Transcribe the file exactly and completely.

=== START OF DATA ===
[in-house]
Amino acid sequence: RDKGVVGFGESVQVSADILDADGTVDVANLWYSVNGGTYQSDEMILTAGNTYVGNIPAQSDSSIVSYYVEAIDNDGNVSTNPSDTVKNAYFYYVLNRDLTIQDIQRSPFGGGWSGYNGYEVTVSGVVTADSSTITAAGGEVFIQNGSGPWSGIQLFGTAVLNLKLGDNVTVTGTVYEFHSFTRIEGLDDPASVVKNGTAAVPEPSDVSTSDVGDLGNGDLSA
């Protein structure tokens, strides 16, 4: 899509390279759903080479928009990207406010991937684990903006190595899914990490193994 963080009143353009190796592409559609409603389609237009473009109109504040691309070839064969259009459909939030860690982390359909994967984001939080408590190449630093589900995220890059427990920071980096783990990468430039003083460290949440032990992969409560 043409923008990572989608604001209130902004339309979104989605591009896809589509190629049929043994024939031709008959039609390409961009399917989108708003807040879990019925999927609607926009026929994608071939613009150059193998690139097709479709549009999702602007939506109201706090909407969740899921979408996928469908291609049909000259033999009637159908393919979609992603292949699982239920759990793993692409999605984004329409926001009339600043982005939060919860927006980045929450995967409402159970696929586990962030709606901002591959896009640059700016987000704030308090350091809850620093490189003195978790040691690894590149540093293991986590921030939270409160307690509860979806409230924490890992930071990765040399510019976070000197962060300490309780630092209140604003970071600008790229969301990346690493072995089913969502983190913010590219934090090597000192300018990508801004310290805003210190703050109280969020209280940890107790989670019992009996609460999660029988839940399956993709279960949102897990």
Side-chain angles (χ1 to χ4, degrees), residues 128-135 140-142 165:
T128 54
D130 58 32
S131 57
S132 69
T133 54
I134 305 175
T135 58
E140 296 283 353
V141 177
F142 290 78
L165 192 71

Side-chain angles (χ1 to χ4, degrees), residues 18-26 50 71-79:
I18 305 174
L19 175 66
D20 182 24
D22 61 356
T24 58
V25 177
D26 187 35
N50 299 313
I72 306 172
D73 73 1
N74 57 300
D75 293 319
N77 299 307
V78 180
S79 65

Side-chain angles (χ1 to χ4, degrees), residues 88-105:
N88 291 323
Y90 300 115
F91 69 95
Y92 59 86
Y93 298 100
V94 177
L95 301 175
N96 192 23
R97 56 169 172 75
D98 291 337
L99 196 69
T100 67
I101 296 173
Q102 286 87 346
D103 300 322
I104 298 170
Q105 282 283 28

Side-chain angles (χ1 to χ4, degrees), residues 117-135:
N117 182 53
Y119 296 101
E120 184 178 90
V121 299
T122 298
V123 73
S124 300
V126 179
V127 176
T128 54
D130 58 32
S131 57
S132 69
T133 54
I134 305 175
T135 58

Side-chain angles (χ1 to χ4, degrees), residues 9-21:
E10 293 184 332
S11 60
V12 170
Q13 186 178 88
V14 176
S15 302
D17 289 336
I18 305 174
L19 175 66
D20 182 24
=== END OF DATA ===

[in-house]
Amino acid sequence: RDKGVVGFGESVQVSADILDADGTVDVANLWYSVNGGTYQSDEMILTAGNTYVGNIPAQSDSSIVSYYVEAIDNDGNVSTNPSDTVKNAYFYYVLNRDLTIQDIQRSPFGGGWSGYNGYEVTVSGVVTADSSTITAAGGEVFIQNGSGPWSGIQLFGTAVLNLKLGDNVTVTGTVYEFHSFTRIEGLDDPASVVKNGTAAVPEPSDVSTSDVGDLGNGDLSA
């Protein structure tokens, strides 16, 4: 899509390279759903080479928009990207406010991937684990903006190595899914990490193994 963080009143353009190796592409559609409603389609237009473009109109504040691309070839064969259009459909939030860690982390359909994967984001939080408590190449630093589900995220890059427990920071980096783990990468430039003083460290949440032990992969409560 043409923008990572989608604001209130902004339309979104989605591009896809589509190629049929043994024939031709008959039609390409961009399917989108708003807040879990019925999927609607926009026929994608071939613009150059193998690139097709479709549009999702602007939506109201706090909407969740899921979408996928469908291609049909000259033999009637159908393919979609992603292949699982239920759990793993692409999605984004329409926001009339600043982005939060919860927006980045929450995967409402159970696929586990962030709606901002591959896009640059700016987000704030308090350091809850620093490189003195978790040691690894590149540093293991986590921030939270409160307690509860979806409230924490890992930071990765040399510019976070000197962060300490309780630092209140604003970071600008790229969301990346690493072995089913969502983190913010590219934090090597000192300018990508801004310290805003210190703050109280969020209280940890107790989670019992009996609460999660029988839940399956993709279960949102897990």
Side-chain angles (χ1 to χ4, degrees), residues 128-135 140-142 165:
T128 54
D130 58 32
S131 57
S132 69
T133 54
I134 305 175
T135 58
E140 296 283 353
V141 177
F142 290 78
L165 192 71

Side-chain angles (χ1 to χ4, degrees), residues 18-26 50 71-79:
I18 305 174
L19 175 66
D20 182 24
D22 61 356
T24 58
V25 177
D26 187 35
N50 299 313
I72 306 172
D73 73 1
N74 57 300
D75 293 319
N77 299 307
V78 180
S79 65

Side-chain angles (χ1 to χ4, degrees), residues 88-105:
N88 291 323
Y90 300 115
F91 69 95
Y92 59 86
Y93 298 100
V94 177
L95 301 175
N96 192 23
R97 56 169 172 75
D98 291 337
L99 196 69
T100 67
I101 296 173
Q102 286 87 346
D103 300 322
I104 298 170
Q105 282 283 28

Side-chain angles (χ1 to χ4, degrees), residues 117-135:
N117 182 53
Y119 296 101
E120 184 178 90
V121 299
T122 298
V123 73
S124 300
V126 179
V127 176
T128 54
D130 58 32
S131 57
S132 69
T133 54
I134 305 175
T135 58

Side-chain angles (χ1 to χ4, degrees), residues 9-21:
E10 293 184 332
S11 60
V12 170
Q13 186 178 88
V14 176
S15 302
D17 289 336
I18 305 174
L19 175 66
D20 182 24